Working with asthma inhalers, they're incredibly hard for patients to use correctly. So 3M gave me an interesting project - get a focus group of patients together and watch them using the inhalers. I have to say, it was one of the most interesting things I ever did. Over the next few years, I had that opportunity multiple times to learn different aspects of what patients were doing with the inhalers. I would sit and watch people of all ages and backgrounds using them, understanding what kinds of problems they had and why certain things were difficult or interesting.

That's really where I started, because I would go back and explain what I had learned to people in the labs and device development areas. I was bringing communication together from patients to device engineers and pharmaceutical scientists so everyone understood. That ability to understand another perspective and connect different sides is what set me on the path out of chemistry and into marketing.

What was the biggest difference between working at a global behemoth like 3M versus a smaller company like Exco InTouch?

George Fradley: I'm going to say autonomy. That's not to say 3M didn't give me opportunities to put my ideas forward, but with a big business, you have an established way of doing things and continuity across the organisation to consider. Whereas at Exco InTouch, we could really push forward the best approaches we felt were needed. I could explain why I felt a tactic or strategy was important, and everyone would get on board and then look for ways to improve it.

At Exco we were changing things constantly - put something out, see if it doesn't work, ask what else can we try, get something new and incorporate it. Really clever low-budget marketing, trying to maximise impact rather than following an accepted multi-year plan.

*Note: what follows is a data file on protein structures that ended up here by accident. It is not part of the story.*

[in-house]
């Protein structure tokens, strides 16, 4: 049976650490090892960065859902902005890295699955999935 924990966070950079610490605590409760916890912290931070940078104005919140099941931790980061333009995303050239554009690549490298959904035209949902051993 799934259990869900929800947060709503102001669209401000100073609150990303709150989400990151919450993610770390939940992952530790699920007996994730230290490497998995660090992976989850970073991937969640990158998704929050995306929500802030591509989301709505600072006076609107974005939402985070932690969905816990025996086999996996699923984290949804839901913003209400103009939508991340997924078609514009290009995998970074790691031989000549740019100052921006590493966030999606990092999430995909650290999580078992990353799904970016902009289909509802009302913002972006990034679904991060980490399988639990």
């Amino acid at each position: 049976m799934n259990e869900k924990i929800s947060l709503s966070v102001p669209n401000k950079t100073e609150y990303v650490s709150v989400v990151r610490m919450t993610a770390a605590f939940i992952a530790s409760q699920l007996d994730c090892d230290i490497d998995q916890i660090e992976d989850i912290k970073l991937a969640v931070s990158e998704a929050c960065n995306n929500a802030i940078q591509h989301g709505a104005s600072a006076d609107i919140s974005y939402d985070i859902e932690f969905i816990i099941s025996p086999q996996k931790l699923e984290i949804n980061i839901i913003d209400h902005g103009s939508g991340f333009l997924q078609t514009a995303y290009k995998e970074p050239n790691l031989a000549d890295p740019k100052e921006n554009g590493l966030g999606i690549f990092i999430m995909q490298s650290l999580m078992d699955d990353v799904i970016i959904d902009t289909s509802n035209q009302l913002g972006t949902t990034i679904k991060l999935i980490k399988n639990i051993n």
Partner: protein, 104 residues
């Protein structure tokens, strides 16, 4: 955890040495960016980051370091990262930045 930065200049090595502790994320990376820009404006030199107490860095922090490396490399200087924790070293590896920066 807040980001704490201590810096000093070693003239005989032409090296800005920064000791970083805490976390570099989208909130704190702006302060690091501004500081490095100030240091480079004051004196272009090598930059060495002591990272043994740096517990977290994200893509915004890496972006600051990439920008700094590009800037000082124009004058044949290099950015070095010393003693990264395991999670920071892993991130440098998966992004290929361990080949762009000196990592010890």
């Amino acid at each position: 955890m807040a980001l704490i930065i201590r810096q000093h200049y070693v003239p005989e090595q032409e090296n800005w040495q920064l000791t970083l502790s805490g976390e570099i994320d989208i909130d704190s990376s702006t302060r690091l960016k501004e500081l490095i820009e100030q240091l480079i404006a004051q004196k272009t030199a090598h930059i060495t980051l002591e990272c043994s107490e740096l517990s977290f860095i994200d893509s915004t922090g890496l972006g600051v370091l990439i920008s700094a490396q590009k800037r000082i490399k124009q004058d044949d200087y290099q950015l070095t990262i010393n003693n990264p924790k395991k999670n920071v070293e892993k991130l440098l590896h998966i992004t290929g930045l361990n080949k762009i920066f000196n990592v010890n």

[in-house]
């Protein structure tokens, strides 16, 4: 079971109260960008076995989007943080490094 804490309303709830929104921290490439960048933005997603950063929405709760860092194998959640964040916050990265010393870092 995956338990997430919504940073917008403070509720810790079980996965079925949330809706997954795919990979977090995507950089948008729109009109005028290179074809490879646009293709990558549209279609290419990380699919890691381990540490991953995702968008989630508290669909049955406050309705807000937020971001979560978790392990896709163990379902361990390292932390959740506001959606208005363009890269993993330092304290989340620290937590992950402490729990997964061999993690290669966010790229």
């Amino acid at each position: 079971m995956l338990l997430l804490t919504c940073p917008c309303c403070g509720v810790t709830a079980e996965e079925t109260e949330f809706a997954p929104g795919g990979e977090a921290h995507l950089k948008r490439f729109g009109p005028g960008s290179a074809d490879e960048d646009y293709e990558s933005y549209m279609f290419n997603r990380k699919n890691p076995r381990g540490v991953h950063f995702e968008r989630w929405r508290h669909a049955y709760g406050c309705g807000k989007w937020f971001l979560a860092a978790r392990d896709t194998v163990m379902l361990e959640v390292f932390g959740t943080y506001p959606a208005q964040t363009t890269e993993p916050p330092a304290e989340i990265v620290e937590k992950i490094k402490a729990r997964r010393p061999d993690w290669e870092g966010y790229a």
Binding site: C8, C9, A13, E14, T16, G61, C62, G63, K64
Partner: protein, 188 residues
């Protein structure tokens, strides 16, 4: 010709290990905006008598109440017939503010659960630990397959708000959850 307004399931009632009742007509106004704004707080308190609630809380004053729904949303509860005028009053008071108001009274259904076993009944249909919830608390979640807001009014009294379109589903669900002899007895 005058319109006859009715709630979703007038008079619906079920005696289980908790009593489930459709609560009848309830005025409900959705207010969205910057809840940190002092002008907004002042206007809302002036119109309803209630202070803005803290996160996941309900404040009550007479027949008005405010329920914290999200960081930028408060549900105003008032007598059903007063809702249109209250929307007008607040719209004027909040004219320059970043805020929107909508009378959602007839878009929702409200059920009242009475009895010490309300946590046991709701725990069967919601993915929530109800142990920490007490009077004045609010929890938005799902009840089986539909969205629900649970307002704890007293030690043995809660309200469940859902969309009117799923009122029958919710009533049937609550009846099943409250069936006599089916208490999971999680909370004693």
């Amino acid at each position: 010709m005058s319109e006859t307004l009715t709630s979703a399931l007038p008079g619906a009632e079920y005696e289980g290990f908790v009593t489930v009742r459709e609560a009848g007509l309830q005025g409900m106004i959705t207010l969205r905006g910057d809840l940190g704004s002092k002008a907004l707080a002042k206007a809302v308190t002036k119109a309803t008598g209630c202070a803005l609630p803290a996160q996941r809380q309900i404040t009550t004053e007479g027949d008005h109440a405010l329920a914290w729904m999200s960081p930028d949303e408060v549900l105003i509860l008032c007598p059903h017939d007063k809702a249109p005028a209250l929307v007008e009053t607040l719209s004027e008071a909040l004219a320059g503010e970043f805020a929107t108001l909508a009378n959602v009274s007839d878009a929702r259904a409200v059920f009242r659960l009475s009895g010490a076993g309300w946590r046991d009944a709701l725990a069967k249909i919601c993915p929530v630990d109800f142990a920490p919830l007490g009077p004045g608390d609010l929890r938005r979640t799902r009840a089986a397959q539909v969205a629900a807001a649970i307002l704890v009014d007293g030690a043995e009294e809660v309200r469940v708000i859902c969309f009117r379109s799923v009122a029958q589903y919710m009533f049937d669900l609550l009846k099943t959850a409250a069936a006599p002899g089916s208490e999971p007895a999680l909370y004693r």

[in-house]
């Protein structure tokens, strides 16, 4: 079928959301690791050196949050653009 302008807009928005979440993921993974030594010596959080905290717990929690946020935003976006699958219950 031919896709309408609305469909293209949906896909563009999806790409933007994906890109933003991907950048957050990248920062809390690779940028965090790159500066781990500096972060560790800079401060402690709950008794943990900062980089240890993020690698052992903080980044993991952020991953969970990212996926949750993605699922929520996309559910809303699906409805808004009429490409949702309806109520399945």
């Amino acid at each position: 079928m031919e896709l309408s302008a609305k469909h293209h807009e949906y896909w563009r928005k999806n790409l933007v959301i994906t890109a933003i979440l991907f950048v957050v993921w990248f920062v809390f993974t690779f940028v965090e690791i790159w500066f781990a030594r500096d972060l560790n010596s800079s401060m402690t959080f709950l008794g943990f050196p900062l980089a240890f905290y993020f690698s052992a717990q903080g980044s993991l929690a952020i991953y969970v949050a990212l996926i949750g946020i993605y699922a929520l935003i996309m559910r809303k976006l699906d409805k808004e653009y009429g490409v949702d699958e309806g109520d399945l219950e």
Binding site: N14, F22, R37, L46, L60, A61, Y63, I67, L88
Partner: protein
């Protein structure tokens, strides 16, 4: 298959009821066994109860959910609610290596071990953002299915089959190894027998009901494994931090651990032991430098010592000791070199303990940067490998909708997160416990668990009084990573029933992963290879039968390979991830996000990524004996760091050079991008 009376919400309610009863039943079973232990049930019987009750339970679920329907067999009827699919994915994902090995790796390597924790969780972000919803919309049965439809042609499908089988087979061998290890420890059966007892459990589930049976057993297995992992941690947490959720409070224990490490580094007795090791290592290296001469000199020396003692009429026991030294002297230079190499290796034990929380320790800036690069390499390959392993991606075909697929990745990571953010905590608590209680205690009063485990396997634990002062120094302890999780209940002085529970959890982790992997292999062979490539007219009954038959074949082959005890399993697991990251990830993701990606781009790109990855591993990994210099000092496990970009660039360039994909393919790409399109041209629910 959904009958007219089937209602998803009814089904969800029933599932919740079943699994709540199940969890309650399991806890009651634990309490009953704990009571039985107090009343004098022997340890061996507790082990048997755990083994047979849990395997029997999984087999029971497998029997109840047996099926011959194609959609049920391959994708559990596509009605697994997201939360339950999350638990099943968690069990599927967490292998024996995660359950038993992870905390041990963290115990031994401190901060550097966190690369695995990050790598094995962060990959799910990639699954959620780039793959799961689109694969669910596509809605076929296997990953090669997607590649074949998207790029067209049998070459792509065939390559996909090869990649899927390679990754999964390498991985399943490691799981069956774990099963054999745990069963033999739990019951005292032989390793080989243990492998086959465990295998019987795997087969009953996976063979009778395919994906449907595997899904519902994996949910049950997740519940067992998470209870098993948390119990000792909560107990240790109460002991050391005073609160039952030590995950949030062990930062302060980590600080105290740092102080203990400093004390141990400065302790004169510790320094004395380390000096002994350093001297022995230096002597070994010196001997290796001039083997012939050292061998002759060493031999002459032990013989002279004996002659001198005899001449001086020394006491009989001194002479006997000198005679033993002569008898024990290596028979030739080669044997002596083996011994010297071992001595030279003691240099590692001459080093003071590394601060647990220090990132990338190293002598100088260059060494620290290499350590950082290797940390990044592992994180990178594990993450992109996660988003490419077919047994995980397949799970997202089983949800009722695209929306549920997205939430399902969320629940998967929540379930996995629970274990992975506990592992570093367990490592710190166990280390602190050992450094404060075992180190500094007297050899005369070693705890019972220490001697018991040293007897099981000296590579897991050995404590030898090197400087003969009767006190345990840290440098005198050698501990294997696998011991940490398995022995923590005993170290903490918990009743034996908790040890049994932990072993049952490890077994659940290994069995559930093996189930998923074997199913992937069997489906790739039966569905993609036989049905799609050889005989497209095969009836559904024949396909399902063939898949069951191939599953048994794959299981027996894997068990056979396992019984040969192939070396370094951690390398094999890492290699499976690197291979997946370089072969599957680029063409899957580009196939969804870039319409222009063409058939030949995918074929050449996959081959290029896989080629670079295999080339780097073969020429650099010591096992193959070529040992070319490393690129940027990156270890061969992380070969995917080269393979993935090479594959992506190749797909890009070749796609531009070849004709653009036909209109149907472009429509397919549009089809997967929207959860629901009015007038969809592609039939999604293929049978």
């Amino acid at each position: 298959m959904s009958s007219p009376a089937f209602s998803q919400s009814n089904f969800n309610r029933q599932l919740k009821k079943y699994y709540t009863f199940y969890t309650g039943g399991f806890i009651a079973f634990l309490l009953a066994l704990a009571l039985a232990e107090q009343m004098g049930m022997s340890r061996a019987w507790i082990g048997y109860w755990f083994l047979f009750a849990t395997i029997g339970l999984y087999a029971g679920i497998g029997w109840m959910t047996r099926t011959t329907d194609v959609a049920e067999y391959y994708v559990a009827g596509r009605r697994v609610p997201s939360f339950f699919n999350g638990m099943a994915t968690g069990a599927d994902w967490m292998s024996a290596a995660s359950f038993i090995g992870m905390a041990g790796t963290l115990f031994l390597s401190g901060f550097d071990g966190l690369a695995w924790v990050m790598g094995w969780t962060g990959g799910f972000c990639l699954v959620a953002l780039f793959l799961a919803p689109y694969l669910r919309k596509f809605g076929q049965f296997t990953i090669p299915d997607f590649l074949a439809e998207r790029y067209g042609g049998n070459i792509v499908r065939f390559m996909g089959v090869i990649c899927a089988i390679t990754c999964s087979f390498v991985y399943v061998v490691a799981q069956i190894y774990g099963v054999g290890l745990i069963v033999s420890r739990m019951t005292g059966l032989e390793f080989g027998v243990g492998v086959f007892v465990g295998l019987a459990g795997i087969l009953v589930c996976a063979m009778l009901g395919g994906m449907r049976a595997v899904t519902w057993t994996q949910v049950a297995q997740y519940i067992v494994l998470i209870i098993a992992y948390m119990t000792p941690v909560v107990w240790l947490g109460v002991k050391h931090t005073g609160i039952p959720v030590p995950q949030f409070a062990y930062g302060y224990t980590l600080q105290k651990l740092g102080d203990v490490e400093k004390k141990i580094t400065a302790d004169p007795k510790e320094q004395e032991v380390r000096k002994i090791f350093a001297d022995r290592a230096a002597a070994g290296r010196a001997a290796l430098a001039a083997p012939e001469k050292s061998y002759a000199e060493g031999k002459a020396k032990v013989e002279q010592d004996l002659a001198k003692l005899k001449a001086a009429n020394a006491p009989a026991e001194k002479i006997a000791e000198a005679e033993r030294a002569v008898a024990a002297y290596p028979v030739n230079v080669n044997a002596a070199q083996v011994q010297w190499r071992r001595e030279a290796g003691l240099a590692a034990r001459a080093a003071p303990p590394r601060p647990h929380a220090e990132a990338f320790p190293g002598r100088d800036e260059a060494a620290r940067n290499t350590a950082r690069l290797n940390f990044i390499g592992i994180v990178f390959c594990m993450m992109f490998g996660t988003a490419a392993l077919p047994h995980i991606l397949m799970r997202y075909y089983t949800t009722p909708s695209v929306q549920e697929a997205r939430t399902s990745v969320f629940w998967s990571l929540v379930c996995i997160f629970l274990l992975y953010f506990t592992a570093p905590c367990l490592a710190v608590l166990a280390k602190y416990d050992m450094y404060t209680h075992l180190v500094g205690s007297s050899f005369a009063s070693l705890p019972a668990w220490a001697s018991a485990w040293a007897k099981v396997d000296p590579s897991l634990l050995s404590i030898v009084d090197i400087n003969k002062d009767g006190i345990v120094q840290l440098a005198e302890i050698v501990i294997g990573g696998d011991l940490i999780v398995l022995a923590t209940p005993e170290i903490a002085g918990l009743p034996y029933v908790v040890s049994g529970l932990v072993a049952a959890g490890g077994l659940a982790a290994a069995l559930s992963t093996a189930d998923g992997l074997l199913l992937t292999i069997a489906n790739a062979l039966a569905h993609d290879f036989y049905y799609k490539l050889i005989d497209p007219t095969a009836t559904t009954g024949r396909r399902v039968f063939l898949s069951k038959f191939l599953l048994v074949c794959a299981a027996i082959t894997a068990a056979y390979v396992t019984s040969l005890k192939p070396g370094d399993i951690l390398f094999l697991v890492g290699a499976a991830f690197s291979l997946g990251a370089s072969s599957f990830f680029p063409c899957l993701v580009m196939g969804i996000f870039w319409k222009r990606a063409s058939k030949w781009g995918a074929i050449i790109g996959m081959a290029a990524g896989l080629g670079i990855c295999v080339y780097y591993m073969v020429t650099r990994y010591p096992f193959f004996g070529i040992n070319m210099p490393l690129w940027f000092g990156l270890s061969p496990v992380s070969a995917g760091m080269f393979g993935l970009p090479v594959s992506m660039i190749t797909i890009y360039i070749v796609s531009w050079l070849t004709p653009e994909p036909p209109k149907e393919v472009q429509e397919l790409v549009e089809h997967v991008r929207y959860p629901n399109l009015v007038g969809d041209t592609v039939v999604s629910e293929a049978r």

How did you establish credibility and get customers on board with Exco's vision for ePRO?

George Fradley: We were pushing something a bit outside people's comfort zones - using smartphones and ideally patients' own smartphones to collect clinical trial data. Pharma companies are risk averse and competitors didn't want ePRO to change because they wanted to protect their existing business model.  

So we focused a lot on thought leadership, explaining why our way was okay and not risky. We had to combat early articles in the trade press from competitors about why it was dangerous, but around 2014-2015 there was a real shift. Suddenly competitors were copying what we said, which to me was the best compliment. It showed the industry recognised that ePRO had to change, so they changed strategy to service that need. And by reflecting our messaging, it actually strengthened the concepts in the industry's mind.

That ongoing credibility also came from consistent messaging with differentiation and honesty. We couldn't claim anything outright untrue, but we could add some "sparkle" with our vision for where ePRO should go. As we kept that credibility and lead, more customers truly got on board to help change ePRO processes. And once you have those early adopters, others gain confidence to follow.